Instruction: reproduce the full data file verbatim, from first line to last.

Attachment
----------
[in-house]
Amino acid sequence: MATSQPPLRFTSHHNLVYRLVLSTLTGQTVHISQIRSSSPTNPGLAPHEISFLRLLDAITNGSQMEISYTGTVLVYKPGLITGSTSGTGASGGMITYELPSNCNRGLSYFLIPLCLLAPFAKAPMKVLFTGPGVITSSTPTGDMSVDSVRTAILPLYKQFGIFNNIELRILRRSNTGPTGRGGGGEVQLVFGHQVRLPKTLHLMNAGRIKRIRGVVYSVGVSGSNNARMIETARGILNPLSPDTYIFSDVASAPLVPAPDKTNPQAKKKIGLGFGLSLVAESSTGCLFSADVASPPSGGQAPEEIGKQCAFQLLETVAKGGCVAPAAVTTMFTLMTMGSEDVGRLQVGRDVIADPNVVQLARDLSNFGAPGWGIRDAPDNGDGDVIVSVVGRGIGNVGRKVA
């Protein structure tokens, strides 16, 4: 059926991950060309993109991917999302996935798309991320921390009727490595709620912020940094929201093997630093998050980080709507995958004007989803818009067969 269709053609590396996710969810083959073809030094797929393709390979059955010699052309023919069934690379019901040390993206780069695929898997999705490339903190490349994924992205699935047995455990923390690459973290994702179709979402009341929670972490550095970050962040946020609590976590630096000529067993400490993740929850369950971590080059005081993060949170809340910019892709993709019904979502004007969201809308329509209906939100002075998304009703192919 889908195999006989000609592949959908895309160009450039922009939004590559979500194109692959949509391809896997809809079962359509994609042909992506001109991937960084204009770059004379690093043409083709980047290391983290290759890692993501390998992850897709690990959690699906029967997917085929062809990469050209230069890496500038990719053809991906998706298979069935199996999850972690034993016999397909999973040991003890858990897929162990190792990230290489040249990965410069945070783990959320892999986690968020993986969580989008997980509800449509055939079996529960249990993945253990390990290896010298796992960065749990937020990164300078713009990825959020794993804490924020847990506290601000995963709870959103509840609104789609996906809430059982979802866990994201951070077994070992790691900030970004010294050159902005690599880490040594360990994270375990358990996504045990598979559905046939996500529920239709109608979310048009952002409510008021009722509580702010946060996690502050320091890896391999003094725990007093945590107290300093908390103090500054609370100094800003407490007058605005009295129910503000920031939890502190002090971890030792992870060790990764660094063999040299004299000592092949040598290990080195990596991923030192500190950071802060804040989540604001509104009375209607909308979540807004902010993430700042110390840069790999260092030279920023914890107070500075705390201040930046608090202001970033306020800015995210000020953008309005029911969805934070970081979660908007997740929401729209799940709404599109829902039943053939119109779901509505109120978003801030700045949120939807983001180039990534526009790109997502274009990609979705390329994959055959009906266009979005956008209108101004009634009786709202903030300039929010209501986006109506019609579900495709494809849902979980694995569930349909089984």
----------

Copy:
[in-house]
Amino acid sequence: MATSQPPLRFTSHHNLVYRLVLSTLTGQTVHISQIRSSSPTNPGLAPHEISFLRLLDAITNGSQMEISYTGTVLVYKPGLITGSTSGTGASGGMITYELPSNCNRGLSYFLIPLCLLAPFAKAPMKVLFTGPGVITSSTPTGDMSVDSVRTAILPLYKQFGIFNNIELRILRRSNTGPTGRGGGGEVQLVFGHQVRLPKTLHLMNAGRIKRIRGVVYSVGVSGSNNARMIETARGILNPLSPDTYIFSDVASAPLVPAPDKTNPQAKKKIGLGFGLSLVAESSTGCLFSADVASPPSGGQAPEEIGKQCAFQLLETVAKGGCVAPAAVTTMFTLMTMGSEDVGRLQVGRDVIADPNVVQLARDLSNFGAPGWGIRDAPDNGDGDVIVSVVGRGIGNVGRKVA
């Protein structure tokens, strides 16, 4: 059926991950060309993109991917999302996935798309991320921390009727490595709620912020940094929201093997630093998050980080709507995958004007989803818009067969 269709053609590396996710969810083959073809030094797929393709390979059955010699052309023919069934690379019901040390993206780069695929898997999705490339903190490349994924992205699935047995455990923390690459973290994702179709979402009341929670972490550095970050962040946020609590976590630096000529067993400490993740929850369950971590080059005081993060949170809340910019892709993709019904979502004007969201809308329509209906939100002075998304009703192919 889908195999006989000609592949959908895309160009450039922009939004590559979500194109692959949509391809896997809809079962359509994609042909992506001109991937960084204009770059004379690093043409083709980047290391983290290759890692993501390998992850897709690990959690699906029967997917085929062809990469050209230069890496500038990719053809991906998706298979069935199996999850972690034993016999397909999973040991003890858990897929162990190792990230290489040249990965410069945070783990959320892999986690968020993986969580989008997980509800449509055939079996529960249990993945253990390990290896010298796992960065749990937020990164300078713009990825959020794993804490924020847990506290601000995963709870959103509840609104789609996906809430059982979802866990994201951070077994070992790691900030970004010294050159902005690599880490040594360990994270375990358990996504045990598979559905046939996500529920239709109608979310048009952002409510008021009722509580702010946060996690502050320091890896391999003094725990007093945590107290300093908390103090500054609370100094800003407490007058605005009295129910503000920031939890502190002090971890030792992870060790990764660094063999040299004299000592092949040598290990080195990596991923030192500190950071802060804040989540604001509104009375209607909308979540807004902010993430700042110390840069790999260092030279920023914890107070500075705390201040930046608090202001970033306020800015995210000020953008309005029911969805934070970081979660908007997740929401729209799940709404599109829902039943053939119109779901509505109120978003801030700045949120939807983001180039990534526009790109997502274009990609979705390329994959055959009906266009979005956008209108101004009634009786709202903030300039929010209501986006109506019609579900495709494809849902979980694995569930349909089984």